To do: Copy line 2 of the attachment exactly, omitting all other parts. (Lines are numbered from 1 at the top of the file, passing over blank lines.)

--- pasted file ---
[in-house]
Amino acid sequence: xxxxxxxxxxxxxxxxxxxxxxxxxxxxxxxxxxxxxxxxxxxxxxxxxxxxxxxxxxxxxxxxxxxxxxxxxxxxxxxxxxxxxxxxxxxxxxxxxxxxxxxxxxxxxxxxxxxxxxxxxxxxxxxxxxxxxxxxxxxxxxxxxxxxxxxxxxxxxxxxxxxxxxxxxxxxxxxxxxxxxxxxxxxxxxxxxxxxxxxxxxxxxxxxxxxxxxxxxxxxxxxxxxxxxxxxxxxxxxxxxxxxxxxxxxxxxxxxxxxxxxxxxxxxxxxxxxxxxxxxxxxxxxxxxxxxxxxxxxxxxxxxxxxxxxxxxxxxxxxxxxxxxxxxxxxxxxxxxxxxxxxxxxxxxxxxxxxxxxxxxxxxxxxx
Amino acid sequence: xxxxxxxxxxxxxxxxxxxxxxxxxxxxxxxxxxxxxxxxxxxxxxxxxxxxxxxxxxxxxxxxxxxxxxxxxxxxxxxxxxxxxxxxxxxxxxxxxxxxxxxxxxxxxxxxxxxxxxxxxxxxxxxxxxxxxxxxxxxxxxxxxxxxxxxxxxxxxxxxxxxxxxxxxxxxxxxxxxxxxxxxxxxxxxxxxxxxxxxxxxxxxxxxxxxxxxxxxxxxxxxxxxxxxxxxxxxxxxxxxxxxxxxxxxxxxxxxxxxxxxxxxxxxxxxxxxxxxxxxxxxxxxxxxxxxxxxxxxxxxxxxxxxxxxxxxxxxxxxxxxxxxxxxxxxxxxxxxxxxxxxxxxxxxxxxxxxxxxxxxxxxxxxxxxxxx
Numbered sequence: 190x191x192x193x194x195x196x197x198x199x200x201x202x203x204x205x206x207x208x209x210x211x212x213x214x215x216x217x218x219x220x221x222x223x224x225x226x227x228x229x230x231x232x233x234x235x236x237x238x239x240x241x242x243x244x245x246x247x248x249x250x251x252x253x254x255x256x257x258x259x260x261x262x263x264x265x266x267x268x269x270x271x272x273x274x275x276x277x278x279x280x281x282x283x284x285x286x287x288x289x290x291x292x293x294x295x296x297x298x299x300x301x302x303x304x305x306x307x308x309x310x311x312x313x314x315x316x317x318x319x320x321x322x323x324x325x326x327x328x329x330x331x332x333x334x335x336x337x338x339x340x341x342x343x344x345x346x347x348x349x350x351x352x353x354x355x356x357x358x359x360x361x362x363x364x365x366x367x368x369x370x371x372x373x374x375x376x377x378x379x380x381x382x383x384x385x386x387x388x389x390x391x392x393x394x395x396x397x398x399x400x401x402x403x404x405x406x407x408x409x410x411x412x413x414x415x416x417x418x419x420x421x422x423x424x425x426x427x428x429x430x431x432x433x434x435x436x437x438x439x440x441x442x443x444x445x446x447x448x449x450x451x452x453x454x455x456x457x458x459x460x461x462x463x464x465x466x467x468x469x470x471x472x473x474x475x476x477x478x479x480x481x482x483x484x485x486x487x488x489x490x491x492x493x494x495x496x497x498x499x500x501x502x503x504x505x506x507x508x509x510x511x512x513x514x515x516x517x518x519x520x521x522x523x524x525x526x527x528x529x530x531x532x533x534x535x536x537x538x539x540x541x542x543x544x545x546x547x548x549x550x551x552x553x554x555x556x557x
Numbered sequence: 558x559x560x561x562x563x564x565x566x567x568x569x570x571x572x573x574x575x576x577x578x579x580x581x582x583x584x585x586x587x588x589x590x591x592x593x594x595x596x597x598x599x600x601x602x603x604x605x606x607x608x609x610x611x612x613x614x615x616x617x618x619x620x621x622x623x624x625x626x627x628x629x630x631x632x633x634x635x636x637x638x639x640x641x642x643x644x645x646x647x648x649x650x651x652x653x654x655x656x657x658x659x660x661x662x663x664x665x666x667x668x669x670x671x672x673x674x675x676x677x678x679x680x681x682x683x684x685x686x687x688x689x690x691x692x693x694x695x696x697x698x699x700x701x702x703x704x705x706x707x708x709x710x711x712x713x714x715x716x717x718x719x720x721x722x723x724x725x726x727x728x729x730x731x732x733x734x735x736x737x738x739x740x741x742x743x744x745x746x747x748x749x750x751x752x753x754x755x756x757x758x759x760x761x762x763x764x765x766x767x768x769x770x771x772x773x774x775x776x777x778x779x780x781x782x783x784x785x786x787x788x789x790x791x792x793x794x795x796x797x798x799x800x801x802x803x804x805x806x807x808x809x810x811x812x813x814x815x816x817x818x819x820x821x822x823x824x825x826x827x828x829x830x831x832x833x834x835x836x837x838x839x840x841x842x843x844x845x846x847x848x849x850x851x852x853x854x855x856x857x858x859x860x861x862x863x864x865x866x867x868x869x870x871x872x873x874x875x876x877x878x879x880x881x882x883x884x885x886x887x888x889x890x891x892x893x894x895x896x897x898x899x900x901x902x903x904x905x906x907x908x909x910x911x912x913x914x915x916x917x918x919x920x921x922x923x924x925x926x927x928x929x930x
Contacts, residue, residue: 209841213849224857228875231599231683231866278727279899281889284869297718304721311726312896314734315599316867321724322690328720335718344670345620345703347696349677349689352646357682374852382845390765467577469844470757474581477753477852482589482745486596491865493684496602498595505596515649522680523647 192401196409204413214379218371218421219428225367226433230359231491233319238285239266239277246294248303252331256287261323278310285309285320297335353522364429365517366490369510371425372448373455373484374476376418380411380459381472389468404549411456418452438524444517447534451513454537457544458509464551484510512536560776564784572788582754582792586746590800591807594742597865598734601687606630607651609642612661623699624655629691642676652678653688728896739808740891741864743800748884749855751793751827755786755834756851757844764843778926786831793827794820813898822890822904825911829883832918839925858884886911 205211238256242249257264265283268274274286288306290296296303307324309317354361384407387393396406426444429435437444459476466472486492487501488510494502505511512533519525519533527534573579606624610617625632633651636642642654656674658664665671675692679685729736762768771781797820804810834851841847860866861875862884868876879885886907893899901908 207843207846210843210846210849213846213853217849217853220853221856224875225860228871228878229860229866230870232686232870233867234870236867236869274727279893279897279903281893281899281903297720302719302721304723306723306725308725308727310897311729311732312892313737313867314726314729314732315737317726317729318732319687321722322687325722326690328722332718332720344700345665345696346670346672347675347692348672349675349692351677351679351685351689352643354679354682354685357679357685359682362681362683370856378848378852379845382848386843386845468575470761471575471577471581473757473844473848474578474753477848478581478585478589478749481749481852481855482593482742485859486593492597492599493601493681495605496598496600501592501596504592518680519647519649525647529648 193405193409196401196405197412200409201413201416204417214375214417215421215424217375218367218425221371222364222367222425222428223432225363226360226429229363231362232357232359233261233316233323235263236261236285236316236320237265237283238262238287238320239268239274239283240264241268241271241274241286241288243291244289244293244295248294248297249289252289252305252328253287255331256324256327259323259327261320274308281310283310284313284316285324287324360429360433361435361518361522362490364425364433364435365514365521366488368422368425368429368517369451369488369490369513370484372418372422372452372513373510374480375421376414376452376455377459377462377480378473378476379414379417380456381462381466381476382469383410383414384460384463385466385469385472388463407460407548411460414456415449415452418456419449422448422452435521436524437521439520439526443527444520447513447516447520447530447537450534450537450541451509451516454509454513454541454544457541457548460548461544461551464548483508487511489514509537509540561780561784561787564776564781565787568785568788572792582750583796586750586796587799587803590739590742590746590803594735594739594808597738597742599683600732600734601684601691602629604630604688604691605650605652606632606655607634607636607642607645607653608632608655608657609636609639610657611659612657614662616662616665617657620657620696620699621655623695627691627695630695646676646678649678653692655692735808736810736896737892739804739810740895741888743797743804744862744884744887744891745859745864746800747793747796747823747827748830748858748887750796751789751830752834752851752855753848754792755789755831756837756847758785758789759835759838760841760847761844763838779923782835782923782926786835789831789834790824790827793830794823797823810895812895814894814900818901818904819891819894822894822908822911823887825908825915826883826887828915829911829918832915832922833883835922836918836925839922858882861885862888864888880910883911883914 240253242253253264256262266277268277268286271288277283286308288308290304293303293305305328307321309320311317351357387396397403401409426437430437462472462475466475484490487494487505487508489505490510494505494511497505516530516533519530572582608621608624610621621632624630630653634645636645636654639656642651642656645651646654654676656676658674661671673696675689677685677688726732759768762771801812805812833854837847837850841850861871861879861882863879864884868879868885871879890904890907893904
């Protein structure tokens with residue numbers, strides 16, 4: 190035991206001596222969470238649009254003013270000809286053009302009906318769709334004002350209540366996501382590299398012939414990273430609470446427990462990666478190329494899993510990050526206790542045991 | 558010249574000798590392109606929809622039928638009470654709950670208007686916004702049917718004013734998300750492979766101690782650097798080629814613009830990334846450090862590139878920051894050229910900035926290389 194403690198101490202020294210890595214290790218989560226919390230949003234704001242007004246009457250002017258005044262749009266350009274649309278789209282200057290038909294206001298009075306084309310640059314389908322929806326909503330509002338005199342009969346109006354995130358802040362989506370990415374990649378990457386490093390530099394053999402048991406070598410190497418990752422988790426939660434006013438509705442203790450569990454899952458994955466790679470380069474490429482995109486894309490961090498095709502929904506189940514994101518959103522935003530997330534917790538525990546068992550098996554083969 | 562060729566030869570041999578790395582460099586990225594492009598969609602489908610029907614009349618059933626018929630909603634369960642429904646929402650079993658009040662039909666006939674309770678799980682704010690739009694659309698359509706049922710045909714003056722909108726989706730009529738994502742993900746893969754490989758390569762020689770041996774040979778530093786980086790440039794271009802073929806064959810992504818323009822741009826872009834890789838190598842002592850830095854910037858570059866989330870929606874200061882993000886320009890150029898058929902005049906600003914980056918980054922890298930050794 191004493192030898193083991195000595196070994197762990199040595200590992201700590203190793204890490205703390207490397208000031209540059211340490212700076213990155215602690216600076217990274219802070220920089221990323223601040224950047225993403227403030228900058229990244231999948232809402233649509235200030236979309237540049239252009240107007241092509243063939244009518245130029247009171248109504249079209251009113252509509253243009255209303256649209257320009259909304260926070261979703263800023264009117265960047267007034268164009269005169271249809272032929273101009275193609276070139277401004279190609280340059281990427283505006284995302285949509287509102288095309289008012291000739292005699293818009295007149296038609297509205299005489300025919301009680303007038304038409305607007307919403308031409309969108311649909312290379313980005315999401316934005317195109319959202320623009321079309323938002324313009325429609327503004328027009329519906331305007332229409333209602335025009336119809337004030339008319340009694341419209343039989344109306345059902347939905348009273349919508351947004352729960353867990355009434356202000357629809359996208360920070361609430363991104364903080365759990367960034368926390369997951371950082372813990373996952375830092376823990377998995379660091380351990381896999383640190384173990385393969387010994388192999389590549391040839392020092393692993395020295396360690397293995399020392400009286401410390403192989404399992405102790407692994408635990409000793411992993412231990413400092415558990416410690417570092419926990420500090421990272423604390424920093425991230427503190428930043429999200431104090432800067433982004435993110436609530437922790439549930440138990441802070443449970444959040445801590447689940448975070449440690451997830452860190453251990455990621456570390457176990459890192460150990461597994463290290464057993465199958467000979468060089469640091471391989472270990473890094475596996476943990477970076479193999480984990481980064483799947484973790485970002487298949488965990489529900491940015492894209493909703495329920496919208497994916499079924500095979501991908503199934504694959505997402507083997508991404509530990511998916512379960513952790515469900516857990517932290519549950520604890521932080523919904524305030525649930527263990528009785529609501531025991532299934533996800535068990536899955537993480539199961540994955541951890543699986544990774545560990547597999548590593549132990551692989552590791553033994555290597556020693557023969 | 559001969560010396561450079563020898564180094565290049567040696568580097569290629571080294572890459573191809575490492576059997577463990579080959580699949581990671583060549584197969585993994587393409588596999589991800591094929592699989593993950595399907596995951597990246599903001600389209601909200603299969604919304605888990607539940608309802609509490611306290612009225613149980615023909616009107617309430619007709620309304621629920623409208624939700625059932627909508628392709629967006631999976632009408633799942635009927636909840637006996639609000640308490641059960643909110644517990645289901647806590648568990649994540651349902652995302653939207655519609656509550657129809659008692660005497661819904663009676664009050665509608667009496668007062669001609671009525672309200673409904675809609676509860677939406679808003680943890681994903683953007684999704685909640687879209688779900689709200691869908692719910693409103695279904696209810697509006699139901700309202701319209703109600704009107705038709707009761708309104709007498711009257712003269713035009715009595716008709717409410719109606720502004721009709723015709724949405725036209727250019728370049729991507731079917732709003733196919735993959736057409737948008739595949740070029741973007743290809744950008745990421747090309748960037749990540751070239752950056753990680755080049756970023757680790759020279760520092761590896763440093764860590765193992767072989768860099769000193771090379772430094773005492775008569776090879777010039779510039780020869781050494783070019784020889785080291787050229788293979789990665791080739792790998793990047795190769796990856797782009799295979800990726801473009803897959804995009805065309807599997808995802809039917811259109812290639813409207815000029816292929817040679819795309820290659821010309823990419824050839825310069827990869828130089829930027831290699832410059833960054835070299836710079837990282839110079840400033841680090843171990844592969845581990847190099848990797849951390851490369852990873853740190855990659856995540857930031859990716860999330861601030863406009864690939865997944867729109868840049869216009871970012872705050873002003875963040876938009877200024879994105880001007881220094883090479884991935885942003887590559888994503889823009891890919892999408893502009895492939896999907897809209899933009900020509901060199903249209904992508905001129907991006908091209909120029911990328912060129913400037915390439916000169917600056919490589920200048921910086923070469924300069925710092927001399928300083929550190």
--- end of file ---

Amino acid sequence: xxxxxxxxxxxxxxxxxxxxxxxxxxxxxxxxxxxxxxxxxxxxxxxxxxxxxxxxxxxxxxxxxxxxxxxxxxxxxxxxxxxxxxxxxxxxxxxxxxxxxxxxxxxxxxxxxxxxxxxxxxxxxxxxxxxxxxxxxxxxxxxxxxxxxxxxxxxxxxxxxxxxxxxxxxxxxxxxxxxxxxxxxxxxxxxxxxxxxxxxxxxxxxxxxxxxxxxxxxxxxxxxxxxxxxxxxxxxxxxxxxxxxxxxxxxxxxxxxxxxxxxxxxxxxxxxxxxxxxxxxxxxxxxxxxxxxxxxxxxxxxxxxxxxxxxxxxxxxxxxxxxxxxxxxxxxxxxxxxxxxxxxxxxxxxxxxxxxxxxxxxxxxxxx